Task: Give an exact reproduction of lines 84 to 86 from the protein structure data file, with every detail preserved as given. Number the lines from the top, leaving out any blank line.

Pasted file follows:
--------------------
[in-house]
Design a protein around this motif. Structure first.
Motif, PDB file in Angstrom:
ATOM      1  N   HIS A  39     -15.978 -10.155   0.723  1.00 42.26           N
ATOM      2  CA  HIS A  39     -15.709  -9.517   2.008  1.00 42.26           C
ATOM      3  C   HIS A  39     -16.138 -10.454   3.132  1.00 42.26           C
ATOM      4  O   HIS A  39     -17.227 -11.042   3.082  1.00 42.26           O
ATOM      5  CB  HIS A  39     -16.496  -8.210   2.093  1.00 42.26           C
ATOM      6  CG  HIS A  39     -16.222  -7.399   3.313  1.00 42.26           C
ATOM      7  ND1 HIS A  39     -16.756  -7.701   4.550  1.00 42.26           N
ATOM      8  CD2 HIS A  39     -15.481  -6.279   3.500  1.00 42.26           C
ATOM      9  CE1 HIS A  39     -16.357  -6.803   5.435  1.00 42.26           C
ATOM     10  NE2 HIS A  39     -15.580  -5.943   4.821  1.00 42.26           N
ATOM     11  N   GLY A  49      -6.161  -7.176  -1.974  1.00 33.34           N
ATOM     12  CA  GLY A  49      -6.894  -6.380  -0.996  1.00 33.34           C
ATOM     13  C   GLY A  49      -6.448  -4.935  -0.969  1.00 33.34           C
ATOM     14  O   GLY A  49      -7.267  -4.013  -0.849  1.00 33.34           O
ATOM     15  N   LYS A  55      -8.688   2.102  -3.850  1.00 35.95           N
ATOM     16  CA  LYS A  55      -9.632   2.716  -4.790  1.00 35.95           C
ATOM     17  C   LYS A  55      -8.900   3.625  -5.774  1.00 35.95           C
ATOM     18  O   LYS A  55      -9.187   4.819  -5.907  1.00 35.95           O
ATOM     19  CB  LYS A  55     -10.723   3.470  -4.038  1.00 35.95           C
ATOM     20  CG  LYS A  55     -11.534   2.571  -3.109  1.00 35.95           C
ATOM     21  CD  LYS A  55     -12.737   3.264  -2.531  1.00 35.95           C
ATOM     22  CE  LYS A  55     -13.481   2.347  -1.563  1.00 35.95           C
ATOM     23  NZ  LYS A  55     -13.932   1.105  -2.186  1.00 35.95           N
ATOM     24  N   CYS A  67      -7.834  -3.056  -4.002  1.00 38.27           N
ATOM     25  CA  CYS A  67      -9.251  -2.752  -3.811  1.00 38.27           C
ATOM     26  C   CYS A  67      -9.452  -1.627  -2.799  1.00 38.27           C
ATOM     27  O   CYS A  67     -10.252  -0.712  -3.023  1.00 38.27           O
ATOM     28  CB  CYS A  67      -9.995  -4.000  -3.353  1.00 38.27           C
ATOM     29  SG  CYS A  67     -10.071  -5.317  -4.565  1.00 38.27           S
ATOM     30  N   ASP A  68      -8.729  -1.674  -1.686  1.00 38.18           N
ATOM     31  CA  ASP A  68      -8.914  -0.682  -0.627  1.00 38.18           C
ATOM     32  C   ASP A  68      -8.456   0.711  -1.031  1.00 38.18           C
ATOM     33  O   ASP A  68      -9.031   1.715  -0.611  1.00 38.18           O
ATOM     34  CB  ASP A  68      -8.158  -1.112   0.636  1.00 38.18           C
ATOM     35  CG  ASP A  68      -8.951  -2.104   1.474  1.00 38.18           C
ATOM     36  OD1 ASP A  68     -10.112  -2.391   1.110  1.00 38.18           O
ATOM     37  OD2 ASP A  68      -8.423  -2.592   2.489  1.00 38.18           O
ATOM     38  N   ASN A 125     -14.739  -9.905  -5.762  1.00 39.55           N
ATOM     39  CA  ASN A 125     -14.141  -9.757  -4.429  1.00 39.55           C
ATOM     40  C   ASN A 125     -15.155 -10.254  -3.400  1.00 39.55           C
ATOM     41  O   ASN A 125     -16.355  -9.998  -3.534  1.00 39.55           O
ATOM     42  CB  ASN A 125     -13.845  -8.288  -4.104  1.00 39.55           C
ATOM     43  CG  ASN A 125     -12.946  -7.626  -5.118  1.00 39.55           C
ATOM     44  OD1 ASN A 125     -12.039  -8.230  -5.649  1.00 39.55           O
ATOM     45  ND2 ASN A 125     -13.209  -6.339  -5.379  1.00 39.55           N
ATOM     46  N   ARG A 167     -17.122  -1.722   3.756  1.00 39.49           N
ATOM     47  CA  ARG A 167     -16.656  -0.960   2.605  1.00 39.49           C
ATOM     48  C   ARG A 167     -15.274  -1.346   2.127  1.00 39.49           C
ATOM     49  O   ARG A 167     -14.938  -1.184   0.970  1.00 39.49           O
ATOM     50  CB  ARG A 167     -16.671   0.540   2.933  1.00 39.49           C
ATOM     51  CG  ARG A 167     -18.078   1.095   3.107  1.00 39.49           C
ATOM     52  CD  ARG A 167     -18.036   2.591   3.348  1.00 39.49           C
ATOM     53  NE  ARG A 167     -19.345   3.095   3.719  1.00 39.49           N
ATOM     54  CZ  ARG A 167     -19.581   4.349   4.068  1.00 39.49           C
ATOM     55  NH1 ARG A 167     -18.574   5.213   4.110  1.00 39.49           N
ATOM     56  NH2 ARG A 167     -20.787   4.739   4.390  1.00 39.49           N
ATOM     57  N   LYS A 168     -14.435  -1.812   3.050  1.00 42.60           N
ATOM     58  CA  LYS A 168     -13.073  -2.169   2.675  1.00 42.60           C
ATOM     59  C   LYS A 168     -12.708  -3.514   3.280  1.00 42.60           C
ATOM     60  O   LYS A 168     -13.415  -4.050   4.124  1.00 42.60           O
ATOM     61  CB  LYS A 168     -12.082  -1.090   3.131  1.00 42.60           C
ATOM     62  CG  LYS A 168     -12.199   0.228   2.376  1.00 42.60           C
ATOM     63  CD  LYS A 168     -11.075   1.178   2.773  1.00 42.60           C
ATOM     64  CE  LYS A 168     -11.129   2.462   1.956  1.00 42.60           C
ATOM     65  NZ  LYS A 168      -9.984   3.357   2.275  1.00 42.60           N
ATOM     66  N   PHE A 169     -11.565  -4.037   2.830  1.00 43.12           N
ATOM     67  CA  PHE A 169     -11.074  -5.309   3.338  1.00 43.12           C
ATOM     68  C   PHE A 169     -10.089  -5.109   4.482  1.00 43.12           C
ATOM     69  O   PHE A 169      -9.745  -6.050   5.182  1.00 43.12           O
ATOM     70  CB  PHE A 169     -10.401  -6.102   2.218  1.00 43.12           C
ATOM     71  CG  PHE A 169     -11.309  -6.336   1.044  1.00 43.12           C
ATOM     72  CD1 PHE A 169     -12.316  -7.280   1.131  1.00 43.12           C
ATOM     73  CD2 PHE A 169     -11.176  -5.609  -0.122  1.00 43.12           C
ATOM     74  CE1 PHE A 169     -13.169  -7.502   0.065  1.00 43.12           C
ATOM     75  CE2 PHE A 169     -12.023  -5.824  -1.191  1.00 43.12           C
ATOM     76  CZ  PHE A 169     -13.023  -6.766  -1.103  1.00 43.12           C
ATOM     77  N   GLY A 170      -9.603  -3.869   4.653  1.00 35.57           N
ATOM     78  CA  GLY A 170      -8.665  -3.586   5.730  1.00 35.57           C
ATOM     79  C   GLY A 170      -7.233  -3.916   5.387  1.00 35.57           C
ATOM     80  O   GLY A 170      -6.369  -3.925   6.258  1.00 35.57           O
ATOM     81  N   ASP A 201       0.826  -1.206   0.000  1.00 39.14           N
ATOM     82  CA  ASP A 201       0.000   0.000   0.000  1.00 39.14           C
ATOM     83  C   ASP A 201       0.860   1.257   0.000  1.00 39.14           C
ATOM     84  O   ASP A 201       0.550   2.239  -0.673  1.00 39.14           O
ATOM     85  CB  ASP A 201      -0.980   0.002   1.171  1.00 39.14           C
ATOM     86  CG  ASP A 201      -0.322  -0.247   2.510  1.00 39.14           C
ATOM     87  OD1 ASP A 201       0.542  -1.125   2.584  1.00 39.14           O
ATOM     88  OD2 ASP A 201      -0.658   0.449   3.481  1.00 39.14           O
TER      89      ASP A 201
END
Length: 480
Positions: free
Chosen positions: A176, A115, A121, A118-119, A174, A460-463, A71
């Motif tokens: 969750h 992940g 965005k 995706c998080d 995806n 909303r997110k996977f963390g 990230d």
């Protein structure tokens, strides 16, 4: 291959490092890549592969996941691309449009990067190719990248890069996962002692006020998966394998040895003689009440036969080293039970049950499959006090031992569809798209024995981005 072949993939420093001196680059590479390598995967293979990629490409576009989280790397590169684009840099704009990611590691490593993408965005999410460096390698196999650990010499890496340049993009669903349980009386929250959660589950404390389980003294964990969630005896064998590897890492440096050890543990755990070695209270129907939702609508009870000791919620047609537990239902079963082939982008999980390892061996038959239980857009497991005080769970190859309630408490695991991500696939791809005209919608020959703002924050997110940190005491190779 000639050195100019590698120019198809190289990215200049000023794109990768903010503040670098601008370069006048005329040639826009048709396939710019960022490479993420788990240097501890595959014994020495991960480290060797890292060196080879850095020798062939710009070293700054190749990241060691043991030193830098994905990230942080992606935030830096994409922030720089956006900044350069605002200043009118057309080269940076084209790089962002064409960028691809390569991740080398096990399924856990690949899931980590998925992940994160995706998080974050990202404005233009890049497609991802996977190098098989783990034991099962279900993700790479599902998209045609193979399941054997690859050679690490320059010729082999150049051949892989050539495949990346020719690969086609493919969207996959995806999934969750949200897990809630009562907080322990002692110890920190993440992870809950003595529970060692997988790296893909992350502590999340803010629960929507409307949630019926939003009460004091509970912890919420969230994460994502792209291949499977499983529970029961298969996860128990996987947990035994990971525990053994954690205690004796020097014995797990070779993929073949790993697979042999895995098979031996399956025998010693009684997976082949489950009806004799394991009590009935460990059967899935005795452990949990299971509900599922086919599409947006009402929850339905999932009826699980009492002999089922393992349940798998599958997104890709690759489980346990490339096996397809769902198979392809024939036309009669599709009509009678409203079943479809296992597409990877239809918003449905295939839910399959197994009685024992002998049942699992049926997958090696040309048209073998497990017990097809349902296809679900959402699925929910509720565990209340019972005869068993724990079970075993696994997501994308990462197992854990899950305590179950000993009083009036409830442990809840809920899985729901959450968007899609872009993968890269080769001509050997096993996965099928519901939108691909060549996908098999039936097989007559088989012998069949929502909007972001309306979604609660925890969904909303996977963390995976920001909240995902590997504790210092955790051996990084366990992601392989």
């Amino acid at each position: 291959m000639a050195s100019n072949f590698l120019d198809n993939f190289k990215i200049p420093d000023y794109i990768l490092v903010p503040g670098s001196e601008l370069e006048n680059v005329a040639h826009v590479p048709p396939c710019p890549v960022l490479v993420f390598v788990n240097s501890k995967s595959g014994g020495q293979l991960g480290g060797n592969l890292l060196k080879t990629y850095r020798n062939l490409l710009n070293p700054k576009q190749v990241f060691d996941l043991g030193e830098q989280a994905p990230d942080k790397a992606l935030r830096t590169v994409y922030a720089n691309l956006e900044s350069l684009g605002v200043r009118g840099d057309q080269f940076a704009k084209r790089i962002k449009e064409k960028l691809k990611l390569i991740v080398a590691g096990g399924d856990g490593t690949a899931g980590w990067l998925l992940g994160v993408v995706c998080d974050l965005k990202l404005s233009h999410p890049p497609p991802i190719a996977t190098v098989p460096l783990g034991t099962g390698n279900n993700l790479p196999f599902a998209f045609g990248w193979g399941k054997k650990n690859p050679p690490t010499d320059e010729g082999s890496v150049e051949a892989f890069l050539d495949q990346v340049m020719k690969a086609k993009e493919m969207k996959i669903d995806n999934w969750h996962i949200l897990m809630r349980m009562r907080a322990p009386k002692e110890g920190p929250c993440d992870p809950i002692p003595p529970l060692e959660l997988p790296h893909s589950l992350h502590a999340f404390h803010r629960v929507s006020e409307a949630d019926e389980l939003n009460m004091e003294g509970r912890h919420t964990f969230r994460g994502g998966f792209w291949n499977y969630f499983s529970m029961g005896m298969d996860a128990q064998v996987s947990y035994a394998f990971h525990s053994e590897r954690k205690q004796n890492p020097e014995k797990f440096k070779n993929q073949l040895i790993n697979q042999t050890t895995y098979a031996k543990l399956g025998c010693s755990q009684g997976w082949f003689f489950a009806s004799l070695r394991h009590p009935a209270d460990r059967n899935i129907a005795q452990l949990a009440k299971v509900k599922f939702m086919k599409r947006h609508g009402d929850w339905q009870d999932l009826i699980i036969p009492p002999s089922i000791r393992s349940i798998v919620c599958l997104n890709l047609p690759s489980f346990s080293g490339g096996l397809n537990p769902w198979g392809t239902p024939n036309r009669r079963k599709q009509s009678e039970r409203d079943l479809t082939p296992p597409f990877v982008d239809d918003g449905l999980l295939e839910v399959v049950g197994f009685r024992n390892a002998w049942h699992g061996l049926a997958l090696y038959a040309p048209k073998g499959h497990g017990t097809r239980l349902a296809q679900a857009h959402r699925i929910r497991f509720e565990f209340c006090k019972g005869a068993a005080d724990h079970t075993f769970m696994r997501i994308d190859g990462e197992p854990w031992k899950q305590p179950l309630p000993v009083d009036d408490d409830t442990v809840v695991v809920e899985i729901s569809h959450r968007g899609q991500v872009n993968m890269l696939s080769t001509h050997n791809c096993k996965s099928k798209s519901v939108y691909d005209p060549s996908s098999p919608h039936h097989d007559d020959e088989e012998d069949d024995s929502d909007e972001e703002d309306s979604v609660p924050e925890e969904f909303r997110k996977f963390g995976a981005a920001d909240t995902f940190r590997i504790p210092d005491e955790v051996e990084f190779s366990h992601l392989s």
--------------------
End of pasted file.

ATOM     81  N   ASP A 201       0.826  -1.206   0.000  1.00 39.14           N
ATOM     82  CA  ASP A 201       0.000   0.000   0.000  1.00 39.14           C
ATOM     83  C   ASP A 201       0.860   1.257   0.000  1.00 39.14           C